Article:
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11 of 12 people found the following review helpful
By A Customer
Format:Paperback
I just want to add my voice to those who thought that this book was full of too much flowery language. If you have the time and patience to wade through the pseudo-intellectual claptrap there is some interesting information hidden in this book. Unfortunately I found it all too annoying.
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5.0 out of 5 stars Enlightening. 19 Mar 2011
Format:Hardcover
Having hated maths lessons at school,I was surprised to find myself drawn to,and buying,this book! I was even more surprised to find myself thoroughly enjoying,and ACTUALLY UNDERSTANDING,some quite advanced mathematical concepts.It was a revelation - making me realise that my struggle with maths at school was a result of poor teachers rather than my inability to understand.
On top of that,I will be eternally grateful to Mr.Kaplan for introducing me,through this book,to a novel that has subsequently become one of my all-time favourites; namely "The Third Policeman" by Flann O'Brien.It is a joy to be directed to other things that you can enjoy,and Robert Kaplan does this extremely well in "The Nothing That Is".
All in all a delightful surprise!The Third Policeman (Paladin Books)
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3.0 out of 5 stars Much Ado About Nothing 22 Aug 2010
By Dave_42
Format:Hardcover
"The Nothing That Is: A Natural History of Zero" by Robert Kaplan is a look at what is perhaps the most significant creations and advances ever made in mathematics. Imagine trying to calculate using Roman Numerals or any system that did not have columns, and its significance doesn't end there as it is critical in dealing with negative numbers and calculus. Zero took a journey from indicating nothing, to being a number of value which then forced the creation of the idea of null to once again indicate nothing.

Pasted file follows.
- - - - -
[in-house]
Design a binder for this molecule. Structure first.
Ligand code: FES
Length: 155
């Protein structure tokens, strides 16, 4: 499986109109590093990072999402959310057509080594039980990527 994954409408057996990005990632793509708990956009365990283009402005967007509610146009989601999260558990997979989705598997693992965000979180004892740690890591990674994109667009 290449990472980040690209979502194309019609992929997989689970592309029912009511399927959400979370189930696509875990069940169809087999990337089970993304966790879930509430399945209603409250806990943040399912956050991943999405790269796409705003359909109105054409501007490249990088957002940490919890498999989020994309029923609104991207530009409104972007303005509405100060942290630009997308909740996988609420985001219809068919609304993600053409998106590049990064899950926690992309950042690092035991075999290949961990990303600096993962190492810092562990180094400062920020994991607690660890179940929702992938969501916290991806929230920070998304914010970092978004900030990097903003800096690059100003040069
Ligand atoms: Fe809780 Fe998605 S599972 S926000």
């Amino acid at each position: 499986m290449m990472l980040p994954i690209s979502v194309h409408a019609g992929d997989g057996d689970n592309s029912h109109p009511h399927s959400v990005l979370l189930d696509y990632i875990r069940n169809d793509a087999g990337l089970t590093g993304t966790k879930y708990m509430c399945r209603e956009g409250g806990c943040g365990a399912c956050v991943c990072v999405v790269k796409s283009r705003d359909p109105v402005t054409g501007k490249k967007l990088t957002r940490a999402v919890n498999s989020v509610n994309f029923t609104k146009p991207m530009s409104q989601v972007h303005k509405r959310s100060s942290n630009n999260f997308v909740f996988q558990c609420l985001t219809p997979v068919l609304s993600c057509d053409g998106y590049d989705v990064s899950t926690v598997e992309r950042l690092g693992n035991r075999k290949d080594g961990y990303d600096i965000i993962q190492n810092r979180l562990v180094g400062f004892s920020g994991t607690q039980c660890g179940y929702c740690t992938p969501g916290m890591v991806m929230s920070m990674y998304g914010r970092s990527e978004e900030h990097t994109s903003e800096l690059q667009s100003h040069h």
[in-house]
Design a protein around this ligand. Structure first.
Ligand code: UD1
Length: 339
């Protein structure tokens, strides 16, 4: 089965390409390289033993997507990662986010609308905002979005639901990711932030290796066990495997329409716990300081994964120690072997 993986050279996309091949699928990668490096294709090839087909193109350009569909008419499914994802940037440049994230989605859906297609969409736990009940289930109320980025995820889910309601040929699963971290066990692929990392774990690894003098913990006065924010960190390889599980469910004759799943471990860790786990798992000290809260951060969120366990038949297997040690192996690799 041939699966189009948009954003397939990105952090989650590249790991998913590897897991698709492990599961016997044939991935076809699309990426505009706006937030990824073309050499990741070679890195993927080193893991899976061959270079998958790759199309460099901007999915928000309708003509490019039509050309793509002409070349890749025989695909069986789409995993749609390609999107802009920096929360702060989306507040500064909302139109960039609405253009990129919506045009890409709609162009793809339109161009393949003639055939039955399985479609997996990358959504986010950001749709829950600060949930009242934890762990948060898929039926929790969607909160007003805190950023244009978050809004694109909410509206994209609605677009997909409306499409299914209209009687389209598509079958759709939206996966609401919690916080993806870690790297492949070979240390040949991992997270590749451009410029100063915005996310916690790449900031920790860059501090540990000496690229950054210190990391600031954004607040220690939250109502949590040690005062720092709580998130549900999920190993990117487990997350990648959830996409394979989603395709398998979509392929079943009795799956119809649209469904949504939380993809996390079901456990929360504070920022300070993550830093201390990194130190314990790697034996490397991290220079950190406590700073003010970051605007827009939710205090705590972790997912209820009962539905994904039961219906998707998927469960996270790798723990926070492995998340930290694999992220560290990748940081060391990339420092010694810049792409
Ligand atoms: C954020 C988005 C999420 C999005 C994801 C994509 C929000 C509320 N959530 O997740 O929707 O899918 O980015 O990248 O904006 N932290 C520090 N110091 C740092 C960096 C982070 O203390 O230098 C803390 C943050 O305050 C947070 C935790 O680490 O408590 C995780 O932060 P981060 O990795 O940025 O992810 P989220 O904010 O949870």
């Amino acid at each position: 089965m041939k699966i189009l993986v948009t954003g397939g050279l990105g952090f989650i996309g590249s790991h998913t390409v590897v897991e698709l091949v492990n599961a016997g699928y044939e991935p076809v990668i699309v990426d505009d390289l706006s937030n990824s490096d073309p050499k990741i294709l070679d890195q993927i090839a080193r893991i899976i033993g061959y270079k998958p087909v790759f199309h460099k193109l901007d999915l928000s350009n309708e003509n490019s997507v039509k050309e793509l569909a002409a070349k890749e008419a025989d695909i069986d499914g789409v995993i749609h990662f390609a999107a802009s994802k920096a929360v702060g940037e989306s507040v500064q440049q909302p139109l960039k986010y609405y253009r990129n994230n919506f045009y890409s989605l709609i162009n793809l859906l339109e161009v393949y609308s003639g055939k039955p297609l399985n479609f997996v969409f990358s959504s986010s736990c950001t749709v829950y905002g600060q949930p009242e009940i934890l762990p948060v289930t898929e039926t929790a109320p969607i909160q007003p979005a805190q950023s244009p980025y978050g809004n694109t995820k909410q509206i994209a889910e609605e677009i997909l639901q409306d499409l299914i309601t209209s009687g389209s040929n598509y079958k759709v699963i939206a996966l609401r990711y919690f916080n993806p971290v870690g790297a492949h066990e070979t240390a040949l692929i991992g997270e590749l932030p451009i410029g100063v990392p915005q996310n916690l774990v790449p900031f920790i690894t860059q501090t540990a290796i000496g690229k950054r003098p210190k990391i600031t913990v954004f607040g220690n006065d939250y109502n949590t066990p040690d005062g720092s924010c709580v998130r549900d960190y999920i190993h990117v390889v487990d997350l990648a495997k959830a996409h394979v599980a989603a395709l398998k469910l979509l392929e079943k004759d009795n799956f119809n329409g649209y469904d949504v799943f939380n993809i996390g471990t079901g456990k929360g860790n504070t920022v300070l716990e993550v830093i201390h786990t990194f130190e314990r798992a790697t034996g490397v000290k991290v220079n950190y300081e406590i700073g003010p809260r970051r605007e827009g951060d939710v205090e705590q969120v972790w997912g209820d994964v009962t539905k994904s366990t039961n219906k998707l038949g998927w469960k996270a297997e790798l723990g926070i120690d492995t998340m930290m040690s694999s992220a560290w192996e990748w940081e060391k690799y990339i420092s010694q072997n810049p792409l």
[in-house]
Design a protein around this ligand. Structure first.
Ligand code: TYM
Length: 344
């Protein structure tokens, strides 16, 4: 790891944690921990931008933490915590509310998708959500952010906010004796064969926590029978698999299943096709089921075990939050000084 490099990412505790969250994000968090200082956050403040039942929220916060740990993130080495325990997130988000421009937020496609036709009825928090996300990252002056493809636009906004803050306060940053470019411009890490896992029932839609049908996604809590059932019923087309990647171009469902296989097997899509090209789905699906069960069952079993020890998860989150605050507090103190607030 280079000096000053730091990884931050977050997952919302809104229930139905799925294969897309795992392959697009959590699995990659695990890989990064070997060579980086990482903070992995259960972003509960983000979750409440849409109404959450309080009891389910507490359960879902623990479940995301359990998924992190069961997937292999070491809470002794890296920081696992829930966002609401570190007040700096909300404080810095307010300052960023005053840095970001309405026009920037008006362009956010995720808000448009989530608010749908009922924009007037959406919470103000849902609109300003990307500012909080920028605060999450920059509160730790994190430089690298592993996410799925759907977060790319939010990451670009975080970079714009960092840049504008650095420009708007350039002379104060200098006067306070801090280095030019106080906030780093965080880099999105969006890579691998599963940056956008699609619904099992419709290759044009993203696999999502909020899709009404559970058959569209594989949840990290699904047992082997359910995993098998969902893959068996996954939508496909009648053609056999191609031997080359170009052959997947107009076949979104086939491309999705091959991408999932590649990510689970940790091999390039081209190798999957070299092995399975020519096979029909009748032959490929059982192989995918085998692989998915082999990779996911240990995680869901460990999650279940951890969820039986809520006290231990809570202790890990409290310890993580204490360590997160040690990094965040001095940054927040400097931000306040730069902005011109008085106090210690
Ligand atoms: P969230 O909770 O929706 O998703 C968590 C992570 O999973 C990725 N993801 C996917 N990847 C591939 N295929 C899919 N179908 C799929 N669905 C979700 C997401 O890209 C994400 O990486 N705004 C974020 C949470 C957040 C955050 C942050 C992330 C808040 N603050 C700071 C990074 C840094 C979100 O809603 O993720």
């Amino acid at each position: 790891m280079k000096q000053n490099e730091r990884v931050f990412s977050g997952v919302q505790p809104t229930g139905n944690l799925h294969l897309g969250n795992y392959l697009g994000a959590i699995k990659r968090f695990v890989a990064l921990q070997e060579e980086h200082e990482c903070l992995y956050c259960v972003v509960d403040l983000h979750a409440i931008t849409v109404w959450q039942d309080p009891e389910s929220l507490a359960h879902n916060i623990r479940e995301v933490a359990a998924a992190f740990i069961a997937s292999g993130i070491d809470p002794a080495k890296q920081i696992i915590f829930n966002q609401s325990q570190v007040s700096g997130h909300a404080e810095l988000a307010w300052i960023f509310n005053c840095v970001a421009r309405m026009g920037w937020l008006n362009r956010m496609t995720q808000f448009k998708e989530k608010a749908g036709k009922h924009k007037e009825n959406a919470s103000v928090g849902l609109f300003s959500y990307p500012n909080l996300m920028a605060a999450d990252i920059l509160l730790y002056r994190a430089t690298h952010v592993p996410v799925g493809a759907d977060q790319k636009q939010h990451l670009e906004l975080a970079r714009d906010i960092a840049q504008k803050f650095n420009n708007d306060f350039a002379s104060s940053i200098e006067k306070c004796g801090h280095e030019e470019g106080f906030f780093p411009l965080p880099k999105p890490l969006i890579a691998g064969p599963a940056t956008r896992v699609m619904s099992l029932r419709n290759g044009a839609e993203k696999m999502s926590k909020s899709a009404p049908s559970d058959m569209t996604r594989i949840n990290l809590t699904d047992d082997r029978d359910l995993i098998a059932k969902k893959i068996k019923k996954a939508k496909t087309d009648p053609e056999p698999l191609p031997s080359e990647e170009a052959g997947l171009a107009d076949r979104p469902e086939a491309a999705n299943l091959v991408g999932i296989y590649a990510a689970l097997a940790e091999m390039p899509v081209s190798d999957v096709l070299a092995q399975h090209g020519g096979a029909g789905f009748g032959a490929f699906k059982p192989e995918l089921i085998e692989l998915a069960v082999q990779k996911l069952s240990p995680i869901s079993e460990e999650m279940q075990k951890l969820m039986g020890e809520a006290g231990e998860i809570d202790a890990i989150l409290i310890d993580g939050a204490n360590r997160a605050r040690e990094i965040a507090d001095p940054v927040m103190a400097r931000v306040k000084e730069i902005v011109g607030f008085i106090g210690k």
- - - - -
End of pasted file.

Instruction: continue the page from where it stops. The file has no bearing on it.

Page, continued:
Kaplan's book looks at all the aspects of Zero, from what it meant, to the symbols used for it and where they might have come from, to its importance in mathematics and for that matter in philosophy. His note at the front of the book suggests that the reader need only have had high-school algebra and geometry, but to get the most out of this book it would be better to have had some higher math, as well as a full and well-rounded education as Kaplan makes references which hit on a number of areas.

The book itself almost defies being placed into a category. There are elements of history, philosophy, psychology, and of course math contained in its seventeen chapters (appropriately starting with chapter Zero). The first nine chapters have a great deal to do with the history of the number and the symbol used for it, and how it impacted Mesopotamia, Greece, India, and even a chapter on how it was perceived in Mayan culture.

The book then transitions from more of a history to more about how Zero is used in mathematics, covering issues such as what is the a number to the power of 0, and then by extension what is 0 to the power of 0. It also touches on Zero's important relative Infinity.